- Published: 10 April 2012
|Completing the tradition, Forever Young columnist William Thomas dips his well-worn walking shoe in the North Sea at Robin Hood’s Bay.|
A walk across England coast to coast to mark a 65th birthday
by William Thomas
“And did those feet in ancient time,
Walk upon England’s mountains green?”
They were wrapped in SmartWool socks and snuggled in Gore-Tex shoes but yes, as a matter of fact they did. But it wasn’t all that long ago.
On the first Sunday in October, I set out from St. Bees, on England’s northwest coast, to walk the breadth of the country, from Irish Sea to North Sea, a trek of 192 miles.
Why would a man celebrate his 65th birthday with a punishing 14-day march over rugged mountains and barren moors, up and down 29,000 feet of rocky paths and heathered fields?
I love to hike and writer Alfred Wainwright’s Coast To Coast Walk along England’s wild and pristine footpaths has intrigued me for years. Designed to engage nature and avoid civilization, the path cuts across the mountainous Lake District, through forests and streams of the Yorkshire Dales and across the bleak and barren knolls of the North York Moors. Three national parks, two weeks, one backpack, a guidebook, compass, map and Swiss Army knife – everything a rambler needs for a fortnight of freedom on foot.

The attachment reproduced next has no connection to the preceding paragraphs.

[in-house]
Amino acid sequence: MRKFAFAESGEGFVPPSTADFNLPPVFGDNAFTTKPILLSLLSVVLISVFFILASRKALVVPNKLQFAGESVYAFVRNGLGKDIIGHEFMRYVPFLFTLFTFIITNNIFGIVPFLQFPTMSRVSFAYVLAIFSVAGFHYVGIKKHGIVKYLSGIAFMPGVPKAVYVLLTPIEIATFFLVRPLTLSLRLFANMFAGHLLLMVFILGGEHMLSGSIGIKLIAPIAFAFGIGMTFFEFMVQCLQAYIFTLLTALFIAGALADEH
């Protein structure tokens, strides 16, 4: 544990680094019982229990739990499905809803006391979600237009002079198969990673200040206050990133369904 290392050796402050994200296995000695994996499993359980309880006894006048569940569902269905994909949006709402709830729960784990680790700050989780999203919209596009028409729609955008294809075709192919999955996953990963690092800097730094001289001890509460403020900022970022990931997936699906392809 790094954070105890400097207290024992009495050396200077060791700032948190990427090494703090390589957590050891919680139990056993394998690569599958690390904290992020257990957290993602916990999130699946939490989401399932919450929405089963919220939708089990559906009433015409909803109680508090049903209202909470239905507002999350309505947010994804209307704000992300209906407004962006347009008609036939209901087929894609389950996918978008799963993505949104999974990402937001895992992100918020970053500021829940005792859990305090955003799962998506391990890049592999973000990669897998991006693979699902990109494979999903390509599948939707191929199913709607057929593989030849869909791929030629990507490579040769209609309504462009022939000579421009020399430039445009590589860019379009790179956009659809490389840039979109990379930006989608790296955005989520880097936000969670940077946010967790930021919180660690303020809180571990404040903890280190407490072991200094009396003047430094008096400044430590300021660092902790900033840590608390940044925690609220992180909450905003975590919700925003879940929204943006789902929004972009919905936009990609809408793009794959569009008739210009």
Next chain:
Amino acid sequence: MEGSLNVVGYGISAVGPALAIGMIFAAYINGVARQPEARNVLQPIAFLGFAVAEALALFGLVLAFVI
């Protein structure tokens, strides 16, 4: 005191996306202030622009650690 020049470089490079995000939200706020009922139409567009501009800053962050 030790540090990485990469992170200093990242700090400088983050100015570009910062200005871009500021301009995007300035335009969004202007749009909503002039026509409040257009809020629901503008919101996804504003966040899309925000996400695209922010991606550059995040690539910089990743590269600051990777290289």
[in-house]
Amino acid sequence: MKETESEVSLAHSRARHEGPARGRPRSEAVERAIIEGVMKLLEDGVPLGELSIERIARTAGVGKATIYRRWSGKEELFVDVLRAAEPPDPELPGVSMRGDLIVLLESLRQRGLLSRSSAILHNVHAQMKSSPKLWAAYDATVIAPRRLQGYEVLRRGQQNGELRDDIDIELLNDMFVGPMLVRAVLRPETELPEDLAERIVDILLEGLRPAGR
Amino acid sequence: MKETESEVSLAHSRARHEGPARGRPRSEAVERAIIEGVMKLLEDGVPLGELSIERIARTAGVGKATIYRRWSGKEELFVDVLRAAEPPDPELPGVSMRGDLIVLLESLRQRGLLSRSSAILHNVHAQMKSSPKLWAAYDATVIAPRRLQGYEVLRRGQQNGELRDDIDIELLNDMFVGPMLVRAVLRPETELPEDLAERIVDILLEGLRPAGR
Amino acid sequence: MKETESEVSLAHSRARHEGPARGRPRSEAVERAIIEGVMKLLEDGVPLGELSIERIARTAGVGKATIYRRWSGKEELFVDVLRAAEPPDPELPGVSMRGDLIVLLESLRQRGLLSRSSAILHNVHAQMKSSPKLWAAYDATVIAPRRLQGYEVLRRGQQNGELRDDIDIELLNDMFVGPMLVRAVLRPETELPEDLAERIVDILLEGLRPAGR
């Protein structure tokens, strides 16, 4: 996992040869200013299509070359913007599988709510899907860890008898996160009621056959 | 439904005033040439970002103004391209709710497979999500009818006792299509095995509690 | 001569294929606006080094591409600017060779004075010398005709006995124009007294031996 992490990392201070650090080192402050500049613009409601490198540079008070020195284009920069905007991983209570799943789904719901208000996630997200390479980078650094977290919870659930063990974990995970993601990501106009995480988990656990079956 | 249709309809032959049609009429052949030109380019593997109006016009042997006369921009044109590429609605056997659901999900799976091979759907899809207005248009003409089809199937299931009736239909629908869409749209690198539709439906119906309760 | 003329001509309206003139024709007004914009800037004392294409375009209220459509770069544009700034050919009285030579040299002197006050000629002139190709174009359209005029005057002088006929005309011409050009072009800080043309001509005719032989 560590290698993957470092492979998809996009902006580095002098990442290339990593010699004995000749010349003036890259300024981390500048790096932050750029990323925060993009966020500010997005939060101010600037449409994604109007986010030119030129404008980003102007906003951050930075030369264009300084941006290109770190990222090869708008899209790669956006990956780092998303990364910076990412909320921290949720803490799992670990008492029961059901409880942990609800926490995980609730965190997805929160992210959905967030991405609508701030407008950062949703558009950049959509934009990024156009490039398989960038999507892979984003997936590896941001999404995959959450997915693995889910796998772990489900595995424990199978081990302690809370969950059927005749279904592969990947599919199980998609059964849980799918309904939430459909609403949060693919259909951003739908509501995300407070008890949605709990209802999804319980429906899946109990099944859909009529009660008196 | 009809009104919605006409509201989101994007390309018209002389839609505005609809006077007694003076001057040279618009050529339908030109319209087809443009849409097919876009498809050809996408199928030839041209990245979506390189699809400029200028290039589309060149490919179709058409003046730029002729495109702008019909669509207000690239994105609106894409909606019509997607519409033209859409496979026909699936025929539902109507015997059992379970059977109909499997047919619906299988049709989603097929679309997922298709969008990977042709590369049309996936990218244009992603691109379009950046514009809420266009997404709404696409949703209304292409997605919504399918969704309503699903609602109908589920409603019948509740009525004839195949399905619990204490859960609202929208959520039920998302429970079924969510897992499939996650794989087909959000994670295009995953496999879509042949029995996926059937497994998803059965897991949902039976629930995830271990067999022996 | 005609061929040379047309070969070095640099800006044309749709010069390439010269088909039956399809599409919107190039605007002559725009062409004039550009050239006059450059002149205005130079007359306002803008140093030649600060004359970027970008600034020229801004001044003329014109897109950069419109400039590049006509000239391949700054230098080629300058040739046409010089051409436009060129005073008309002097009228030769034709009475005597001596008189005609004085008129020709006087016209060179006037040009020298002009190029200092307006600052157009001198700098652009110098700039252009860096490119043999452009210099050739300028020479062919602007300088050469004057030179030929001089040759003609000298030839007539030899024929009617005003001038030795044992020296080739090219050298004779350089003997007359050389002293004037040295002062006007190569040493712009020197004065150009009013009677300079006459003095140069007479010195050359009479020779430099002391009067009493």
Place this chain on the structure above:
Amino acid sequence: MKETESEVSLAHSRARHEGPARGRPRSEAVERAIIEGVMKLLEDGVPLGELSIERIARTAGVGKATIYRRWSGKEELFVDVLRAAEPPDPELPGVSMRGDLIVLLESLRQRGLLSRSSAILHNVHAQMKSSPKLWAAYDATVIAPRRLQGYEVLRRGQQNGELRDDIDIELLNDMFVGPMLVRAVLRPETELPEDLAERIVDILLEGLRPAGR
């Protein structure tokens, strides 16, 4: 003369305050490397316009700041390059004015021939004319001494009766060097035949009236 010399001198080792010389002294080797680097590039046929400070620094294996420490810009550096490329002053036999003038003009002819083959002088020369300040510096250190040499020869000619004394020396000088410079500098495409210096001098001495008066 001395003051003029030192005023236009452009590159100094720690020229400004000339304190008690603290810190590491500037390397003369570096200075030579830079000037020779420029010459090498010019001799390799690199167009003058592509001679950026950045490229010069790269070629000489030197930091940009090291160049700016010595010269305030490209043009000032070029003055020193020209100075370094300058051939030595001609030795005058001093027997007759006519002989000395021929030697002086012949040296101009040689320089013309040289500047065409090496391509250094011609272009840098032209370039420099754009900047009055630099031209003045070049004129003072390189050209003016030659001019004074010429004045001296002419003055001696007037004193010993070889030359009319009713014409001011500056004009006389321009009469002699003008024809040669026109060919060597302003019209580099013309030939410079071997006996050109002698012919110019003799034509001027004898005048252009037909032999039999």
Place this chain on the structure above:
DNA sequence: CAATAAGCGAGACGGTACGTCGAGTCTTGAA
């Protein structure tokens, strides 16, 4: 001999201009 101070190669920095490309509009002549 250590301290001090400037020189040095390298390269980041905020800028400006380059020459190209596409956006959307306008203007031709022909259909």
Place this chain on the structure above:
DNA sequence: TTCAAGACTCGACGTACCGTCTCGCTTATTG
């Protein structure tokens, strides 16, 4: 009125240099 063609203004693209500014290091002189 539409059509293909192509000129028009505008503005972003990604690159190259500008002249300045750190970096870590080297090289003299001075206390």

It was drizzling through sunshine the morning of Oct. 2 when, following tradition, I dipped my foot in the Irish Sea, snatched a good-luck pebble from the beach and climbed up the 300-foot sandstone cliffs at St. Bees. I was on a milestone mission.
By 2 p.m. I’d scaled St Bees Head, clamoured over the first of several hundred stiles, passed through the village of Sandwith, crossed a dozen farmers’ fences and arrived, to my great surprise, back in St Bees. The “Mile Zero Coast To Coast” sign I’d sneered at six hours earlier was laughing at me now. English national parks do not allow markers or signs.
Reaching the Fox & Hounds Pub by dark, my legs were tingling and everything on me was drenched. I’d trained for 16 and 18 miles but not the extreme elevation of the Lake District where peaks hit two and three thousand feet.
Out early after a sumptuous breakfast, I scaled the roller coaster trail that hugs the edge of a beautiful, black lake known as Ennerdale Water.
The wrap-around scenery was dreamy and dramatic – glistening green hills dotted with black-faced sheep and crisscrossed with fast-running streams. Rocky paths disappeared up and over mountain peaks, ancient stone walls surrounded pastures that fell out of sight into valleys below.
The sun peeked through briefly and I saw Scafell Pike in the distance, England’s highest peak at 3210 feet. Thank God, the path circles that one!
Plodding ever east, I stumbled upon the hamlet of Seatoller, hiked through Johnny Wood, past Nook Farm and The Flock Inn into Rosthwaite for a pint, a pie and an intense study of tomorrow’s ordinance map, my evening routine.